• Hardik Gohil

The magic of the Lute!

Updated: Nov 13, 2020

Have you ever heard someone playing a Lute? I bet you didn't! Not many play this instrument these days because of certain drawbacks related to its volume.

In the medieval era, this instrument made its place in the Baroque music style, a typical European style of music in other words.


To be honest, I had never heard the sound of Lute, but before writing this blog, I streamed a few songs Online and trust me, the sound has a power, a power of healing!

It is originally Arabic but what I feel is, it has a touch of Nordic style of music.

The ravishing, sweet, royal and ecstatic would be the right words to summarize the sound of this string instrument. It is usually a 15 strings instrument but it may vary.


"Probably played by the victorious knights after a long exhausting battle to celebrate the triumph!!" - that kind of sound this instrument possesses.

It is like watching a giant waterfall x10 slower, knowing where each droplet is going to land, just like knowing how each note is going to cast a spell on your mind!!

What I would recommend is, please stream a few songs played on Lute, it is indeed magical!

Caravaggio's The Lute Player


One of the most famous paintings by Caravaggio is "The Lute Player" (ca. 1595), which has many more versions, but personally found this one a bit more appealing.



My Observations:


- The facial features of the young boy playing the Lute shows that the song he plays is joyful.

I could also see a girl when I look at the face closely, making this figure androgynous, having both men and women like features.


- Still Life is beautifully depicted in this piece of Art, the Flowers like Marigold, Daisies, Lilies, red rose bushes, and many other, submerged in the Vase full of crystal clear Water and Fruits like Pears, cucumber, raspberry leaves et cetra on the table is a perfect example of it.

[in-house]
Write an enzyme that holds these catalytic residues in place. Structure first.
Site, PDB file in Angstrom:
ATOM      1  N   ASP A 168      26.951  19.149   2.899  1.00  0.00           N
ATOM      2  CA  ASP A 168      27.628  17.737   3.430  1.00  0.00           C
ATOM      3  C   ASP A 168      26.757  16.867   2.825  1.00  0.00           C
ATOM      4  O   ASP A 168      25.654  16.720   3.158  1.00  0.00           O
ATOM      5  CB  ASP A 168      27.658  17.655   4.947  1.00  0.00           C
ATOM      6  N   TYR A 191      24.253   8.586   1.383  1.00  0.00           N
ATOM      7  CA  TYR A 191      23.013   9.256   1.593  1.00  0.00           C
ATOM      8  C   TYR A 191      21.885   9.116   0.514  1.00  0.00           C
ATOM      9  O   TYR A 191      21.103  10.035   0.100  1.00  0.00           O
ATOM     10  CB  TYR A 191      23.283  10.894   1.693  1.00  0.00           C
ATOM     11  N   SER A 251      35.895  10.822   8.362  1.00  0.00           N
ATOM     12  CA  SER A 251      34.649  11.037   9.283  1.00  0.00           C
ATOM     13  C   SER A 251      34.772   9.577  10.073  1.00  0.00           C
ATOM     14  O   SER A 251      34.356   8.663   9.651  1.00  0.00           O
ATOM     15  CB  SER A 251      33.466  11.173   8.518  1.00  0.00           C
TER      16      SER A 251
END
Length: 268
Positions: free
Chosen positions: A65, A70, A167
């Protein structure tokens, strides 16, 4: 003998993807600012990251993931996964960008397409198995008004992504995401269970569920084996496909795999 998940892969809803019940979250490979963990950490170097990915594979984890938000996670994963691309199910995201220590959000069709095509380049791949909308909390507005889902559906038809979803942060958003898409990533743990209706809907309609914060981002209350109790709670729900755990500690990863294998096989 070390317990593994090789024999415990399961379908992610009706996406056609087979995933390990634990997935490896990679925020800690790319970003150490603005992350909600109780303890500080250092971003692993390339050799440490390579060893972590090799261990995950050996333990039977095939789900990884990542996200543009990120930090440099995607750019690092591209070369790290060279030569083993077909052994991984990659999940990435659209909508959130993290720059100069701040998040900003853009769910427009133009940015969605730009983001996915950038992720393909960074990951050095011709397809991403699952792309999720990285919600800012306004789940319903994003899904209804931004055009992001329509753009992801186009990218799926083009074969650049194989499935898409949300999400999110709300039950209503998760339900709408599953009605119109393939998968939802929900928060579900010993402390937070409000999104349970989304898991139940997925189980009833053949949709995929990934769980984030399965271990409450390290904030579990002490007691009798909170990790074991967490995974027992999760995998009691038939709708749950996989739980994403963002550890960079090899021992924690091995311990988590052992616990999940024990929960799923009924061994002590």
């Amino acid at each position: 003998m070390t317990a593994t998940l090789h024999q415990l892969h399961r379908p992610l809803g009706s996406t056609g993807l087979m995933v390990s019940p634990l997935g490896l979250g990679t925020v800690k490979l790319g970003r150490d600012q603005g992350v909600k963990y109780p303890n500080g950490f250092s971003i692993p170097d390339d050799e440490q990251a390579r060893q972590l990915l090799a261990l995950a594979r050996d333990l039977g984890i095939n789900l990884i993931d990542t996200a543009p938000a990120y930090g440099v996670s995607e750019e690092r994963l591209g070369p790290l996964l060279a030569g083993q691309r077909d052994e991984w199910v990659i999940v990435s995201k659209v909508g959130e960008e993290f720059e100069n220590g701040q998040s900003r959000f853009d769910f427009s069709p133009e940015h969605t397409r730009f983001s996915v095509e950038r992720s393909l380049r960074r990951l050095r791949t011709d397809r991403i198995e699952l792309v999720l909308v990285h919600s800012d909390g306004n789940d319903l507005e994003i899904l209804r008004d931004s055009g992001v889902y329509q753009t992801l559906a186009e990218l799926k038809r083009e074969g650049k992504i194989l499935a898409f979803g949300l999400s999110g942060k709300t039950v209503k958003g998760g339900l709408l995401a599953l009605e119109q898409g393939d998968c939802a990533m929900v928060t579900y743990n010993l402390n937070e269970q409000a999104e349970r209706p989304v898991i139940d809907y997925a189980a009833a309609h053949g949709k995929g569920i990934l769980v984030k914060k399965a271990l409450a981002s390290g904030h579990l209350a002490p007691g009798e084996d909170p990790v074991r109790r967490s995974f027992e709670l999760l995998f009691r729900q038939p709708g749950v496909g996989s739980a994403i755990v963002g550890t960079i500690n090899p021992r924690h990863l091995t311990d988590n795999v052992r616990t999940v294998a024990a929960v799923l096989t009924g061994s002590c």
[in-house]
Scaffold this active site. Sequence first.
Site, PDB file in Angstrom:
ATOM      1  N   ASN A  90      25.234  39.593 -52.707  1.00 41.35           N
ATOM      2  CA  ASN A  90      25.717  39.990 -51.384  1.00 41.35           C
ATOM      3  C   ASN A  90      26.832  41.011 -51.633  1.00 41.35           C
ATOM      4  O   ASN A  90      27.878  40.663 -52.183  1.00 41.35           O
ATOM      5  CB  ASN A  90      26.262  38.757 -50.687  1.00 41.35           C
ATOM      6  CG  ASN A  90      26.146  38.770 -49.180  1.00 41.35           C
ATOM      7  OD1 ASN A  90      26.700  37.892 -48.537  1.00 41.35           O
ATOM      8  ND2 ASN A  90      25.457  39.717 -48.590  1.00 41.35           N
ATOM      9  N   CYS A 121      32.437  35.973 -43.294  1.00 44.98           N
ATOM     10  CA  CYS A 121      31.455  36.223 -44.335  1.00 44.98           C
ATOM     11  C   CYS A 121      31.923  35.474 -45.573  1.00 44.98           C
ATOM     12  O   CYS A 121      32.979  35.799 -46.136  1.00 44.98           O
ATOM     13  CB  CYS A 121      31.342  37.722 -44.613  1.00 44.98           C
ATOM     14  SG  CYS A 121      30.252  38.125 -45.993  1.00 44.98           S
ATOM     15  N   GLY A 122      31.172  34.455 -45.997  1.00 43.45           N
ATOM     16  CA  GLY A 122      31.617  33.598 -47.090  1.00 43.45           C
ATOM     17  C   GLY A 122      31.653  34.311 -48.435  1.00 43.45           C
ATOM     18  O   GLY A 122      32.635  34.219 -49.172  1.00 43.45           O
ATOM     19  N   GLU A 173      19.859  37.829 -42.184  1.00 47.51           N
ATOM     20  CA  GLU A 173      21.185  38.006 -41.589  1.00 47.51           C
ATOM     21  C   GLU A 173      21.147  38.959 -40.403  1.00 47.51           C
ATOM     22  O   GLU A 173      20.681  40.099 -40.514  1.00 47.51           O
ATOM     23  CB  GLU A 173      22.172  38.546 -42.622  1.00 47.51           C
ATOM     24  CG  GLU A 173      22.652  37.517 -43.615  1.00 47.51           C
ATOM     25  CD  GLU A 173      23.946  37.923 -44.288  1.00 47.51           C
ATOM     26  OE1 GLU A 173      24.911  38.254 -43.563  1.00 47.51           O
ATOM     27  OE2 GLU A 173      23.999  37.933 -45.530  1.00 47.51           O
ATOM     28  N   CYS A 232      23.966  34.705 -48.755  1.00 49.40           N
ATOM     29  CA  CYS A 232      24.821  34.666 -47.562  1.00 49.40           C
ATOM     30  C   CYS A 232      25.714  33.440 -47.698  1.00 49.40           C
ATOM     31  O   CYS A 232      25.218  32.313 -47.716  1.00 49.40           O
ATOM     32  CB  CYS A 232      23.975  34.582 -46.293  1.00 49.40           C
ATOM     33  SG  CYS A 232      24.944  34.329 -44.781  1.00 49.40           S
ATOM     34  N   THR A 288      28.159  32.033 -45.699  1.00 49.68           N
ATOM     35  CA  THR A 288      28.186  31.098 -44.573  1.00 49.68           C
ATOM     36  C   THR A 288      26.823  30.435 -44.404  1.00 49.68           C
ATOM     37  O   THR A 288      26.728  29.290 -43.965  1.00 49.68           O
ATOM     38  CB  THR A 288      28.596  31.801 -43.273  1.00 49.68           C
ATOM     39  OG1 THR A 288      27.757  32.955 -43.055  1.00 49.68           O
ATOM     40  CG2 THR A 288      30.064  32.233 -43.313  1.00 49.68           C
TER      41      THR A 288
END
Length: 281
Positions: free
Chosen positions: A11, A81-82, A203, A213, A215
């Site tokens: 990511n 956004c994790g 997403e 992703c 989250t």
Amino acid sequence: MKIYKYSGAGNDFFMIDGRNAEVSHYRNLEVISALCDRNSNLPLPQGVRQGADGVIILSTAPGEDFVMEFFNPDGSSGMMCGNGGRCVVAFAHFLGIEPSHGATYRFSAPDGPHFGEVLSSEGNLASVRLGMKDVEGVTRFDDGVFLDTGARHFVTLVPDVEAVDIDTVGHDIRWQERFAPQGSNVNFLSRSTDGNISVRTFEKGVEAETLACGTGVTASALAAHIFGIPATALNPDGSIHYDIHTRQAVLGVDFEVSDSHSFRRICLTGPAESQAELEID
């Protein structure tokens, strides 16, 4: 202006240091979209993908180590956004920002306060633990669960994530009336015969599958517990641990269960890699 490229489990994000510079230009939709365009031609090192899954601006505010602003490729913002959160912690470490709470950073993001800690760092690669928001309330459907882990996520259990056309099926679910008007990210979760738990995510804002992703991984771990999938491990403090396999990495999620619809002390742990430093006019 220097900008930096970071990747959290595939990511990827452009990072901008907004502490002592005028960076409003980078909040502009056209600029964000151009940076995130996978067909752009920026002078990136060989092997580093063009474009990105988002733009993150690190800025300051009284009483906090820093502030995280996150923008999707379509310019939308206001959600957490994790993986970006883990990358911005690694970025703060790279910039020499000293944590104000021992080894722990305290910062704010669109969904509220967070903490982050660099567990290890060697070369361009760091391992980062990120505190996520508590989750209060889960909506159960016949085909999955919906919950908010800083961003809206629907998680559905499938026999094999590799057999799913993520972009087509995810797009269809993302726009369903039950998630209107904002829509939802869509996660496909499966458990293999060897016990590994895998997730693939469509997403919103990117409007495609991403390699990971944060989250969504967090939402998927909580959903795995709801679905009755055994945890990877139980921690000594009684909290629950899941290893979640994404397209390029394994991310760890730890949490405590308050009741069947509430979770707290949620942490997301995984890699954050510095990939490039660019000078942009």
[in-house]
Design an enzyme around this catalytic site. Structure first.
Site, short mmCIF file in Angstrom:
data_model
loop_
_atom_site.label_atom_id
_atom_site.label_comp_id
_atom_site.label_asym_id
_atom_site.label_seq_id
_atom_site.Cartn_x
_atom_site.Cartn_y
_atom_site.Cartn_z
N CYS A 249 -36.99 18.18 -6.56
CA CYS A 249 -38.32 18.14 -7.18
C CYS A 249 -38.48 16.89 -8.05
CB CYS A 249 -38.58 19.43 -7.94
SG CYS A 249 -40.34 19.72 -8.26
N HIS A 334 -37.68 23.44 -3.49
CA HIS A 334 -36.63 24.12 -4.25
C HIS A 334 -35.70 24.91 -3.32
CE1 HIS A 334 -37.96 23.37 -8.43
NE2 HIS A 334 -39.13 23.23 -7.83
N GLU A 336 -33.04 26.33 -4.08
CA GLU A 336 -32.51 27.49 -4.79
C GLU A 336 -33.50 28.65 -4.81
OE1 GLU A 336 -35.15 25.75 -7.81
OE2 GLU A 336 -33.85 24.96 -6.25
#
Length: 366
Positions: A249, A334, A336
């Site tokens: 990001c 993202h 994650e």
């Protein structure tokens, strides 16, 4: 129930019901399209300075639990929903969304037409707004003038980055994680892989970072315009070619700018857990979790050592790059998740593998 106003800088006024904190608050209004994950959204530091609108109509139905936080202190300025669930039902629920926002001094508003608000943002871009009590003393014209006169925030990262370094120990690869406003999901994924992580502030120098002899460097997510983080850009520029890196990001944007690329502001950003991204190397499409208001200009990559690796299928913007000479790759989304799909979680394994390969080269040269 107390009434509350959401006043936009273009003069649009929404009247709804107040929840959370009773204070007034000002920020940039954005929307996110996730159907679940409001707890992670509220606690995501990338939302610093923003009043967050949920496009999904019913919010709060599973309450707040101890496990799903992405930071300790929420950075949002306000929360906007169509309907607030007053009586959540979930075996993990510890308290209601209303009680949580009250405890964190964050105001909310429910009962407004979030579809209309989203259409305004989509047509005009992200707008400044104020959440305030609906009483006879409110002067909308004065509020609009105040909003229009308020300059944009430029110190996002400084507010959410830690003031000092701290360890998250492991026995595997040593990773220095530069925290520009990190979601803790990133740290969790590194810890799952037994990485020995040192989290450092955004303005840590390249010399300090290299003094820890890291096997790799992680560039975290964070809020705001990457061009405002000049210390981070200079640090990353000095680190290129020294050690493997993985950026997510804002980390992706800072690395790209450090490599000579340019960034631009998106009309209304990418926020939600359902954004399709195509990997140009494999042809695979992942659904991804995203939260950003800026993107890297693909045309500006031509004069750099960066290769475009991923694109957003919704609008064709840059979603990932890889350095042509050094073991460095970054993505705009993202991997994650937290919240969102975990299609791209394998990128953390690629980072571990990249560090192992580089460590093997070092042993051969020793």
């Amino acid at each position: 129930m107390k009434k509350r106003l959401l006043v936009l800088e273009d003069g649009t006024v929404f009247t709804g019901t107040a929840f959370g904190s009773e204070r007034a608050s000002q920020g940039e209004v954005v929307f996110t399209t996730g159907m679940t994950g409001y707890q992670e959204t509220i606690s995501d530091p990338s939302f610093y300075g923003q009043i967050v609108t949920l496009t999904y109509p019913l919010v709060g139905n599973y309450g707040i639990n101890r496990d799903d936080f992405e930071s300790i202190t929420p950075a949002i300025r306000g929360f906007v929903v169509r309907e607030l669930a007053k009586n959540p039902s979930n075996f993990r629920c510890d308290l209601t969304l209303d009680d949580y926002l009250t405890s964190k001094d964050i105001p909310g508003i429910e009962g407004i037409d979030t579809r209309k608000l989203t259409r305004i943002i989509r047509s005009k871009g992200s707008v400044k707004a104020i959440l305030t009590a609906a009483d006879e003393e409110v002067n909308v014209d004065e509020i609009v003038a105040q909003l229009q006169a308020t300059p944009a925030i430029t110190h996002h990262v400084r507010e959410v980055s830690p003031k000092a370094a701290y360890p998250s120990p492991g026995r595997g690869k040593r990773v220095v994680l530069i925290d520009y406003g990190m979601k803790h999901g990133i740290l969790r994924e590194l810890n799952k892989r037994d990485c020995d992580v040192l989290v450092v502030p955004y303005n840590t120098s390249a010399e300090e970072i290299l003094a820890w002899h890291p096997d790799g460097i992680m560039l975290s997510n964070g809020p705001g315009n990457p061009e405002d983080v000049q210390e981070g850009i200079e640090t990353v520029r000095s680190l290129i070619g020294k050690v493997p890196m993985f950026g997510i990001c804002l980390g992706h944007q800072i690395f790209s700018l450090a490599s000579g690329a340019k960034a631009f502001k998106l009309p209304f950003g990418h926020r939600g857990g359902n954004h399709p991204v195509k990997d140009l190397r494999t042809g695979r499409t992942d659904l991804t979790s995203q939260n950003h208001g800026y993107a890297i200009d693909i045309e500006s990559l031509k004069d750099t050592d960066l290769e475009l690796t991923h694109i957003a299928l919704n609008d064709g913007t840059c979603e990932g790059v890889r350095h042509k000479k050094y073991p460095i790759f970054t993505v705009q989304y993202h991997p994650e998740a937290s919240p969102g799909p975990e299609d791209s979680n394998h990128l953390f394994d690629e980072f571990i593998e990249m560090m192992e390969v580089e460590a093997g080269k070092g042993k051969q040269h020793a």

The Still Life elements in this painting can be seen as the symbol of freshness, as if the chords played by the young boy brought these elements to life:


- The reflection of the light on the Vase shows the accuracy of Caravaggio's work.

This reflection is also evident on the glassy surface of the fruits, the tip of the Violin-bow, the exposed boundary of the violin, the placement of the shadow of the bow on the Tablature.

This source of light could be a slightly opened window or a door.

- The violin is used as the page holder of the Lute Tablature.


- A small breeze probably sneaking in through the slightly open Window allowing the page of the Tablature to rustle a bit.


- The Lute Tablature is written on six lines containing numbers 0, 1, 2 and 3 denoting the notes on the fret, which can be clearly seen by taking a close look at it.

- The rays of the sun passing diagonally through the room can be seen on the wall in the background, a common element seen in most of the Caravaggio's paintings:


- Hence, there are two sources of light in the room, one probably from the ventilator window above and the other from the slightly open Window which brightens up all the elements in the Painting, unlike the ray from the Ventilator, which just passes without touching anything on the way.


- The precise placement of the fingers on the fret and the fingers plucking the strings shows that he has a good grip on the 12 string Lute with a bent neck for a better tension on the strings:


His technique of reflection and light can be seen in many of his other Paintings,


The calling of Saint Matthews 1600


Narcissus (1594-1596)




Michele Angelo Merigi da Caravaggio was well known to dramatically use the contrast between light and the dark, which is also known as tenebrism.

This unique form of Art brought a new level of insight, it literally gave Life to the subjects in the Painting.

Ethical, politically or religiously correct, were the words not found in his dictionary. He always crossed the line by breaking all the stereotypes of the then existing society and yet was prominent for his work.

An Italian artist with his mastery on Baroque style paintings, trained in Milan before moving in to Rome, he established himself as one of the most revered Italian painters of his generation!

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